How to Choose the Right Exterior Shutters for Your Home
Exterior shutters can look very attractive outside a home's windows, and can also mean added protection for windows against strong storms and high winds. Exterior shutters can also be installed along a balcony or patio area, creating privacy and allowing you to control the amount of sunlight and air circulation in that space. When you're ready to choose exterior shutters for your home, note a few tips to keep in mind so you know you're happy with that choice for years to come.
Wood versus aluminium
Both wood and aluminium have their pros and cons; wood is easy for a homeowner to paint and stain, so you can change the look of your shutters rather easily, with a bit of prep work and a good paint gun. Wood is also more traditional, and may seem more welcoming and cosier than aluminium.
However, wood does absorb moisture, even when treated and sealed, so wood shutters may eventually warp and then cup and bow, and would need repair work or replacement. This can make wood a poor choice for an outdoor area near a pool, or for tropical areas with lots of humidity. Aluminium is naturally resistant to corrosion and rust, and may stand up better to hail, an errant child's toy, and anything else that would otherwise cause chips and cracks in wood shutters.
Shutters come in a wide range of styles for how they unfold, including where the hinges are located and how many panels make up the shutters. For exterior shutters around a balcony or patio area, consider how much clearance is needed for opening the shutters; wide panels may block your view, so you may want to invest in panels that are more narrow and which fold out of the way.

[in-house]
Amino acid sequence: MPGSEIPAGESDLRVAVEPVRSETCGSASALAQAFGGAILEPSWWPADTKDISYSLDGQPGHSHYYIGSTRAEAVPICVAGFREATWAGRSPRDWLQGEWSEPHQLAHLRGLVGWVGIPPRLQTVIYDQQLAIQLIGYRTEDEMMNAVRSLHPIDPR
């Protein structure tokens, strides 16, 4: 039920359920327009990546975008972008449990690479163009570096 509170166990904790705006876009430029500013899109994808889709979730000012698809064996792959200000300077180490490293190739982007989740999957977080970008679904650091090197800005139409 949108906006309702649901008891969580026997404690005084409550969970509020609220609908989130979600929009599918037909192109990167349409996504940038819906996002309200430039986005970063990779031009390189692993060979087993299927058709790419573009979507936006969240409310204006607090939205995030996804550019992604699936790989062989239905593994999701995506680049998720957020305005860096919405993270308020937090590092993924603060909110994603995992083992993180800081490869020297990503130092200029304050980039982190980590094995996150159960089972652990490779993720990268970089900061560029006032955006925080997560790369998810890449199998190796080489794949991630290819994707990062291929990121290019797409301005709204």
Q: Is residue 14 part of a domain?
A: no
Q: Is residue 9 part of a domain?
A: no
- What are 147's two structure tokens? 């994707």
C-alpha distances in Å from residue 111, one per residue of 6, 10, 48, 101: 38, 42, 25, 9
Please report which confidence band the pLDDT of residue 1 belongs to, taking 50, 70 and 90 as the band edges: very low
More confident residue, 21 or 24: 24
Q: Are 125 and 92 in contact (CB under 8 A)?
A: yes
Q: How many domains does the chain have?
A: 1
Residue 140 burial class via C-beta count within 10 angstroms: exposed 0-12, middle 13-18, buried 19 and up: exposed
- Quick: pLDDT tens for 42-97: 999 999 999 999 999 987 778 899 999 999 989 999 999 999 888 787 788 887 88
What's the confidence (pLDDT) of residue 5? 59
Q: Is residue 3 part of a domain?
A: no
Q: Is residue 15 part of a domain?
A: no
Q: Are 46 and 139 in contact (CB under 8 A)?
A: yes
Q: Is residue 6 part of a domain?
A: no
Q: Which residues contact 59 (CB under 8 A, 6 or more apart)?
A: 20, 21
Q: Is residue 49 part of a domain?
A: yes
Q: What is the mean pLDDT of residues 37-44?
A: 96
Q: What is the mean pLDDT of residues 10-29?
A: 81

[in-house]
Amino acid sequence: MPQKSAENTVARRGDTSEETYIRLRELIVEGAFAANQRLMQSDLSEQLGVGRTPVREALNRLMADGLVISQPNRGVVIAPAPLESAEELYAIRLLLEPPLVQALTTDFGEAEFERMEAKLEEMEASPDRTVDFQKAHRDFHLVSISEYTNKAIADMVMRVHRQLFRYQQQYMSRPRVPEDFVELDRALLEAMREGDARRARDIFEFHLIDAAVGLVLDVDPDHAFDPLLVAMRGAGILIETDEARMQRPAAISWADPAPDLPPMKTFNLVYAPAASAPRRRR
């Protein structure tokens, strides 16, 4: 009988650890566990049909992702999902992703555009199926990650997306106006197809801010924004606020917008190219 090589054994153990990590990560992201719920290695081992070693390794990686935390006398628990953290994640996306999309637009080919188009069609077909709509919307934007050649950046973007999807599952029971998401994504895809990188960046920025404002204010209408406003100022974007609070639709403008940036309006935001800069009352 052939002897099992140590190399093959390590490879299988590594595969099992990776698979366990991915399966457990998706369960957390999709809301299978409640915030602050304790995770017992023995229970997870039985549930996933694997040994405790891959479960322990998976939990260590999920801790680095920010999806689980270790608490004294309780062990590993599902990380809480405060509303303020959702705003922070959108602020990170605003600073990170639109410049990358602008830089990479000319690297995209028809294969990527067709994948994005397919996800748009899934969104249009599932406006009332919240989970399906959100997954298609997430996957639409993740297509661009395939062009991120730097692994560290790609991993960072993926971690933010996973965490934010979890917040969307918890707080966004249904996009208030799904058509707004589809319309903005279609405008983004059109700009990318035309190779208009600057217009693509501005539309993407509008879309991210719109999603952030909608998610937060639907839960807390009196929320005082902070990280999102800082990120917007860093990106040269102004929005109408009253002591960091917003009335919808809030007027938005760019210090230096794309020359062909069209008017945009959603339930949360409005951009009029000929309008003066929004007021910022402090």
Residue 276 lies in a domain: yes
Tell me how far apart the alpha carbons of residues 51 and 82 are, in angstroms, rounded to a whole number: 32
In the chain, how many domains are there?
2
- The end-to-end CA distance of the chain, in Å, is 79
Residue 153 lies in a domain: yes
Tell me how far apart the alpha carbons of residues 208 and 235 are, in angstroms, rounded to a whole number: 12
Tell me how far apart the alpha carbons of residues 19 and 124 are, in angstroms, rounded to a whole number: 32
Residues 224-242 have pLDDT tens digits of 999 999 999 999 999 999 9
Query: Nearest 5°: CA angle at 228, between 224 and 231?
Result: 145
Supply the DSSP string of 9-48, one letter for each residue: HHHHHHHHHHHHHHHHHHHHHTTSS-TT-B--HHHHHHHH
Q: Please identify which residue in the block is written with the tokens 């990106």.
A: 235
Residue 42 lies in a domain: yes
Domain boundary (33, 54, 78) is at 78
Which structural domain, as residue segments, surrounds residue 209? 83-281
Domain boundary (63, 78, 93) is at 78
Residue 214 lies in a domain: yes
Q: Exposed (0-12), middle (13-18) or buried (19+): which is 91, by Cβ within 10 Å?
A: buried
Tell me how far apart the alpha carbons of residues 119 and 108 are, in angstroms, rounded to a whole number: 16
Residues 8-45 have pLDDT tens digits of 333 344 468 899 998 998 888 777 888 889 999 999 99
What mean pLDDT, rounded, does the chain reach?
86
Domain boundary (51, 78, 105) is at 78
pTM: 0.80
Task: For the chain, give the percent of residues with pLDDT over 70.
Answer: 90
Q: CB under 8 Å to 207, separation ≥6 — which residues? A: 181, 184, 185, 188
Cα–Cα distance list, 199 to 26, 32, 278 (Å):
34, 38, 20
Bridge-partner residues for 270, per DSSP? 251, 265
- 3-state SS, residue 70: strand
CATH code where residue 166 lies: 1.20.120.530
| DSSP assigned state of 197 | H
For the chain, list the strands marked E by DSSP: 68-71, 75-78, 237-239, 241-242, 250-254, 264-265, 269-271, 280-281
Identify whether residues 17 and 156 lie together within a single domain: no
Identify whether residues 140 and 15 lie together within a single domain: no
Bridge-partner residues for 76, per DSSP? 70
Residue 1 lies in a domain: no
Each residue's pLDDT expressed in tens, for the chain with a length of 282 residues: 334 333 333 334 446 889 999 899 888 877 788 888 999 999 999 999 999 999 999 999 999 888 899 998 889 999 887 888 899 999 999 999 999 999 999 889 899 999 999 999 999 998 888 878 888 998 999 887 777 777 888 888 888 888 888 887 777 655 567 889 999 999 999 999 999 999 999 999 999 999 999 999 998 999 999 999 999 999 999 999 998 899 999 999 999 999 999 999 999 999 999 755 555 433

For second-story windows, consider awning shutters, which have hinges at the top. These help protect the windows against rain while still allowing fresh air into the space. These are also good for windows that are located near a corner of the home, where shutters would not have adequate clearance space to open to the left or right.
Slats versus panels
Shutters may have slats or may be full panels. The hardware used to open and close slats may tend to wear out over the years, so that you cannot close those slats completely. When wood begins to warp, this can also interfere with being able to close those slats all the way. Panels can then mean more light blockage and less maintenance over the life of your exterior shutters.